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Discussion Starter · #1 ·
Dropped a kitchen door in my floor today put a nice gouge in the floor.

I cant find any info on this, so maybe you all have some ideas.

All I can think of is apply some heat to soften it, lift up and put some type of adhesive under the flap - vinyl glue? epoxy?
427135
 

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Difficult to say what to do, there are different kinds of vinyl flooring and they are installed differently. Most of them are individual planks that wouldn't be difficult to remove. You just cut the tile out and glue a new one in it's place. There are some though that have a tab on the sides and ends that have like two sided tape on them that lock together. You can usually tell those by walking on it or taping it. It would have a hollow sound to it. This kind is very difficult to get out and never looks right putting a new one back because they are not glued to the floor.

If you decide to cut it out cut it a little ways back from the edge and work up to the joint with a putty knife. If you have difficulty with the adhesive dip the putty knife in lacquer thinner and work up to the joint. After you get it out you can clean the floor underneath with some lacquer thinner and let it dry overnight before attempting to put a new strip of flooring. The concrete or wood will hold the solvent for quite a while and would interfere with the adhesion of the new flooring so if a solvent is used ample drying time is warranted.
 

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I have had some luck using a gasket cutter to cut out the bad area and replacing the circle with one cut from a good vinyl piece. Like doing a round inlay. Depending on the gasket cutter ( dull / sharp) the top edges sometimes bend in, but usually return to full height in a few days. Need to grain or pattern match.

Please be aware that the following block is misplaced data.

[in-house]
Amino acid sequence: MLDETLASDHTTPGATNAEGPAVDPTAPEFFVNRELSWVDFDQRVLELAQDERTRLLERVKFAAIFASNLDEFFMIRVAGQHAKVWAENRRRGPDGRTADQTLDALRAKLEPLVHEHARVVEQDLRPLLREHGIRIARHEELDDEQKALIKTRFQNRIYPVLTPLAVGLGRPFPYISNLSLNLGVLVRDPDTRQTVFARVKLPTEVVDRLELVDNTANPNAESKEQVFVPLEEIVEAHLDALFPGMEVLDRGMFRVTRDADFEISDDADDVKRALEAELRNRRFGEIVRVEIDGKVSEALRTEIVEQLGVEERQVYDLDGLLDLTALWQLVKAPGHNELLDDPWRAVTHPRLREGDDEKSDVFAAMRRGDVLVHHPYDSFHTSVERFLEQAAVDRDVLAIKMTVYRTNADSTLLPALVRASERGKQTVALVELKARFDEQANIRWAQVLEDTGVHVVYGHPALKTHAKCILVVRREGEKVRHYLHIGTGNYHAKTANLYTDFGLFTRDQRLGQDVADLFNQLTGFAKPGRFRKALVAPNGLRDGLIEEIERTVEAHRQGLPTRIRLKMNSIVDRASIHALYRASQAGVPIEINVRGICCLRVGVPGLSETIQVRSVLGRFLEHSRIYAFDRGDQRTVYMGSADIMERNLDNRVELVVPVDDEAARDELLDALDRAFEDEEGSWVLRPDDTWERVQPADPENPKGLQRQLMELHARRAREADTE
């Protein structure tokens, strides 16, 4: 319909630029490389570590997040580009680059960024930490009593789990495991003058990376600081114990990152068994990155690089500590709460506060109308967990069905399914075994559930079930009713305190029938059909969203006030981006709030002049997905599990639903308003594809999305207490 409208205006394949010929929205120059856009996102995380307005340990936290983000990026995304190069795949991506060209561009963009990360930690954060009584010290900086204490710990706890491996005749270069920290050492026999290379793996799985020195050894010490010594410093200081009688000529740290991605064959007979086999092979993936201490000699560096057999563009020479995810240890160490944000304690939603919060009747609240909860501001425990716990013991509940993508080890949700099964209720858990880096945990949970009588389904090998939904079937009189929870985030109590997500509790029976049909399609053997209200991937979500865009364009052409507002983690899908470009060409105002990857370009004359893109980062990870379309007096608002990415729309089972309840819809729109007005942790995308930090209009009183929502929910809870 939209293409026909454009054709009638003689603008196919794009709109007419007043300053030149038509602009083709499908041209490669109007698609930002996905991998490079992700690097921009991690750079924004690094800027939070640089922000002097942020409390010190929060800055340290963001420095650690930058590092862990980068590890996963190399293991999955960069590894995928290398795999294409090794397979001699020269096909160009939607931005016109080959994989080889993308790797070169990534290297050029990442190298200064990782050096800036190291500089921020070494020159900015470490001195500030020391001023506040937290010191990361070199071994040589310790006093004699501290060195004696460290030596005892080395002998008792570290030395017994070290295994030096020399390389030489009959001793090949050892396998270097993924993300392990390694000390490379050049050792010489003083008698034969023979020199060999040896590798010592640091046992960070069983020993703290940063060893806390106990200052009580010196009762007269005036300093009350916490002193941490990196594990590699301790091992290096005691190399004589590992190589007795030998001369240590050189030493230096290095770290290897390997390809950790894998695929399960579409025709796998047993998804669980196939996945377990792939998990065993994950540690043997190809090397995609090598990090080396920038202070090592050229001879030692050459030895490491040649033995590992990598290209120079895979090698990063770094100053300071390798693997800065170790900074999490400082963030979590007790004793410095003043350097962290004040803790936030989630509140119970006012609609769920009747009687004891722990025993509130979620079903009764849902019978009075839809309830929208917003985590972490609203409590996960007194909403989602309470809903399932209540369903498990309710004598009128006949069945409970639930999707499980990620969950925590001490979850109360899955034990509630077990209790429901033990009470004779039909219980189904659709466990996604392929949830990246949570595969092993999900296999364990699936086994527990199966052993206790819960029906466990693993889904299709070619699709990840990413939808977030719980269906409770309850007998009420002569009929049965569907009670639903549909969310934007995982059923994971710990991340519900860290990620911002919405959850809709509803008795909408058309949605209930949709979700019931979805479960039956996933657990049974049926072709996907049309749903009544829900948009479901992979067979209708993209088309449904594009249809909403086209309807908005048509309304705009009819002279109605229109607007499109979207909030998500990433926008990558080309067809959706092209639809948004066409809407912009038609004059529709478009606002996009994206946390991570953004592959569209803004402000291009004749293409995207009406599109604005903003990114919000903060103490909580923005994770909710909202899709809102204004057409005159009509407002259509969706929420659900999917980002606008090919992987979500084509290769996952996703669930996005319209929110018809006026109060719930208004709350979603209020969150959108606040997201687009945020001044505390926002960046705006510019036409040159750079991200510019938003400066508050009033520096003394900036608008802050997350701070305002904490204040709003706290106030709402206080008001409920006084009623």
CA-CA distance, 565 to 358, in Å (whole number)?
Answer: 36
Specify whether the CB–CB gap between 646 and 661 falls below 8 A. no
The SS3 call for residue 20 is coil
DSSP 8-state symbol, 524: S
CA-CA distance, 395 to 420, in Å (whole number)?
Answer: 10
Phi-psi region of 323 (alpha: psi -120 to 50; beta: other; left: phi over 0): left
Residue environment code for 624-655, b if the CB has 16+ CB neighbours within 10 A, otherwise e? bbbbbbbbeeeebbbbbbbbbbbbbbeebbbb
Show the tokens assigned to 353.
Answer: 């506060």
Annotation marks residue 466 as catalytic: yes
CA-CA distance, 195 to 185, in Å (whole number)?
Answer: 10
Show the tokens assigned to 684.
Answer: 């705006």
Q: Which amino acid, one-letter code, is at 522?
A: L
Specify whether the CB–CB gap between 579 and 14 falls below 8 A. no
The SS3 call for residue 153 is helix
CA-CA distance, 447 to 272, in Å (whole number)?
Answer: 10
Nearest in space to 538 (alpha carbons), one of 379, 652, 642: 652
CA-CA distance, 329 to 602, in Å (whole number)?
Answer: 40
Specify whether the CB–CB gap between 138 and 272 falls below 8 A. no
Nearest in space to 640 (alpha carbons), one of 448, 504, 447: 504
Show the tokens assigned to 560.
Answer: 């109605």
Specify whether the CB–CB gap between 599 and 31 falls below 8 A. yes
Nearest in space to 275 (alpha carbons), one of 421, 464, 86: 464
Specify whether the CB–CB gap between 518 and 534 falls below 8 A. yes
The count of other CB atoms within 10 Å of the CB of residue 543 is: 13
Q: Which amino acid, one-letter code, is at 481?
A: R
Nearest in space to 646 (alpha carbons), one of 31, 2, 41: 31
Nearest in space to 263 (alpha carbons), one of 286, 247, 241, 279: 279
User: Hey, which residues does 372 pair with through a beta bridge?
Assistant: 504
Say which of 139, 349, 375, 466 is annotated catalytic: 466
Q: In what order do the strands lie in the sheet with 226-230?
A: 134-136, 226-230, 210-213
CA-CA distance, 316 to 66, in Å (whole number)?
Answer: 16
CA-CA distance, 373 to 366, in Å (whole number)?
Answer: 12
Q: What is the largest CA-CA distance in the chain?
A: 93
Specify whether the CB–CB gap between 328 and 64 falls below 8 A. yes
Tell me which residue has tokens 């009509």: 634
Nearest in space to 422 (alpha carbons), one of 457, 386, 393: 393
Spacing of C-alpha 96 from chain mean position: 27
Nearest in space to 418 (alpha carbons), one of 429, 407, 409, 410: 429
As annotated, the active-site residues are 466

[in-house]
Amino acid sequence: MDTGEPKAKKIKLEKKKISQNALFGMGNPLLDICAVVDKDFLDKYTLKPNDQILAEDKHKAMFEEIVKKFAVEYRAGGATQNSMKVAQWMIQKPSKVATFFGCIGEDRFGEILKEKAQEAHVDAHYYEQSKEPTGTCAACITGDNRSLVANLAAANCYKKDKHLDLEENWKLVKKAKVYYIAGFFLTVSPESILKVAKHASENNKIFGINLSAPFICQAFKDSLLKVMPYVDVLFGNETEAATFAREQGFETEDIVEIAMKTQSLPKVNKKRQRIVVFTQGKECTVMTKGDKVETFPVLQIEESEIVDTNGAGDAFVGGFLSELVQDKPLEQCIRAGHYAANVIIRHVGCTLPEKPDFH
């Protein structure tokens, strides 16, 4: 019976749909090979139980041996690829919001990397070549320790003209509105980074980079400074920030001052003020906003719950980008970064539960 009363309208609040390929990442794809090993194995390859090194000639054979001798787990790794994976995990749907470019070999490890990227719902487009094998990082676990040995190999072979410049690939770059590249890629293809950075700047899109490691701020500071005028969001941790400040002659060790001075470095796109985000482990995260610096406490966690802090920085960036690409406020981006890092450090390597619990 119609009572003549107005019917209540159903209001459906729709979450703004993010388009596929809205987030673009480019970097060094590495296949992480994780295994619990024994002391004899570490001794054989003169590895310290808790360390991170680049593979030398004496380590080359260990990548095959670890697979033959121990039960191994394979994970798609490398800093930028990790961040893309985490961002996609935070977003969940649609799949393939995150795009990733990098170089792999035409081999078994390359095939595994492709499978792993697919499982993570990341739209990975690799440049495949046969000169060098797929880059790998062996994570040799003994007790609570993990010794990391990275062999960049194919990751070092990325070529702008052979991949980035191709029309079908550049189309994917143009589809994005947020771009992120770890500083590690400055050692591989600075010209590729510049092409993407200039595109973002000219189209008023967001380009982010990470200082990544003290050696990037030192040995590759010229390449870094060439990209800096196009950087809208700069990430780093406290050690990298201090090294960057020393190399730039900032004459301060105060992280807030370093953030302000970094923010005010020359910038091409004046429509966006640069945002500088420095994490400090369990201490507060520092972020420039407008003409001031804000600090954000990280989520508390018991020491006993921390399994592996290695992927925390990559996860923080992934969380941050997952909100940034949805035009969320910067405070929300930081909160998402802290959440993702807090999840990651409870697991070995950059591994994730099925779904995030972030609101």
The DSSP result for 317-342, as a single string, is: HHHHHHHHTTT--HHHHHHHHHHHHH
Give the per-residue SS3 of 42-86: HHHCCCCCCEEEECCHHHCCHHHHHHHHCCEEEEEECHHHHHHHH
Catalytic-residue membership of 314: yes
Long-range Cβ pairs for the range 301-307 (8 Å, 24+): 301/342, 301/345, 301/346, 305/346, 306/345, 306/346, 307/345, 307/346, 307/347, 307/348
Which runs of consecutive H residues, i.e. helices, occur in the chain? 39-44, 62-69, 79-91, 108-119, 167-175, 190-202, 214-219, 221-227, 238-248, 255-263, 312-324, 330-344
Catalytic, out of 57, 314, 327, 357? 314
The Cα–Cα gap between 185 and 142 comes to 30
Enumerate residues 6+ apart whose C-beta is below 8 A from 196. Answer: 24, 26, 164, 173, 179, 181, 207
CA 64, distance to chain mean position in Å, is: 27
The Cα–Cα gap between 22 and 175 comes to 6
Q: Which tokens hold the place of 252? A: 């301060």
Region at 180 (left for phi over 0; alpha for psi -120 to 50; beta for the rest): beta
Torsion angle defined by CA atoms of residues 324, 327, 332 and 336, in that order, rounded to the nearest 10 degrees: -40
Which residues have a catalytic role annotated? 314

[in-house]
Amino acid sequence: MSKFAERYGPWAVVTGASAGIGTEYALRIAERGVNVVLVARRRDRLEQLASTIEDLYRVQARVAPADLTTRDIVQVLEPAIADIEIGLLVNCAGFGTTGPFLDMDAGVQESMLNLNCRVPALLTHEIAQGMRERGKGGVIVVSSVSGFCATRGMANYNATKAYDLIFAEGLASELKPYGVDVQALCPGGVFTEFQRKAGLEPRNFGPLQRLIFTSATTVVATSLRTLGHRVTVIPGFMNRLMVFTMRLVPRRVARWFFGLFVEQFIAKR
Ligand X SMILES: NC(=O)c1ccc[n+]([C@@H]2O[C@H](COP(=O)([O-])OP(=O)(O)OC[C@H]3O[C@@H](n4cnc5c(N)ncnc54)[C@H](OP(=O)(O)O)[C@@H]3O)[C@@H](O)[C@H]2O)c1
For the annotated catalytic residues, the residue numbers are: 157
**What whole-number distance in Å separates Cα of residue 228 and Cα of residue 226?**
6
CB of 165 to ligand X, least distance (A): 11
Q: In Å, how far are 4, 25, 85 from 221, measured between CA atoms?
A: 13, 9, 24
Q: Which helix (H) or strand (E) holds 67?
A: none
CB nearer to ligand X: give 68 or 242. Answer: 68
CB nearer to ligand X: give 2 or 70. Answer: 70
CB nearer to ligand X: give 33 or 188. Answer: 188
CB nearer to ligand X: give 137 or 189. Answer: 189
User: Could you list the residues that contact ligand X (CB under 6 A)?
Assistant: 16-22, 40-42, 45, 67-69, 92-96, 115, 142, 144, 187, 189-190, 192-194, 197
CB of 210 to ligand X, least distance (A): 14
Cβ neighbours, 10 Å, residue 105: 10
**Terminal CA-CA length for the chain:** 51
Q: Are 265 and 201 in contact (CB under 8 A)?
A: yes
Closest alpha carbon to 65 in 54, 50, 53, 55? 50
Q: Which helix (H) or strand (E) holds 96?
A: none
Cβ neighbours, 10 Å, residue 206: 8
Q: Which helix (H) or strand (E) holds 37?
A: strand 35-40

I have seen some planking that may be too thick for this.
 

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Dropped a kitchen door in my floor today put a nice gouge in the floor.

I cant find any info on this, so maybe you all have some ideas.

All I can think of is apply some heat to soften it, lift up and put some type of adhesive under the flap - vinyl glue? epoxy? View attachment 427135
If the floor is lvp you should be able to replace the plank. If you don't want to go through that I have had success on vinyl floors using clear nail polish.
 

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where's my table saw?
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I would use a 5 Minute clear epoxy and get as much under the gap as possible. Use small amounts and make a couple layers if need be. DO NOT Tear up any of the flooring. It won't show in the long run. I've a similar repair on vinyl tile.
 

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Discussion Starter · #6 ·
WNT, we are both thinking along the same lines. I wan to avoid cutting any vinyl & no way in heck I'm tearing any floor out.

I've got some extra planks, I'm going to see if I cana duplicate the damage & play around with it - see how the vinyl responds to a heat gun, vinyl glue vs. epoxy.

It's not that noticeable, I'm more concerned about water getting into the composite material, which looks something similar to MDF.
 

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WNT, we are both thinking along the same lines. I wan to avoid cutting any vinyl & no way in heck I'm tearing any floor out.

I've got some extra planks, I'm going to see if I cana duplicate the damage & play around with it - see how the vinyl responds to a heat gun, vinyl glue vs. epoxy.

It's not that noticeable, I'm more concerned about water getting into the composite material, which looks something similar to MDF.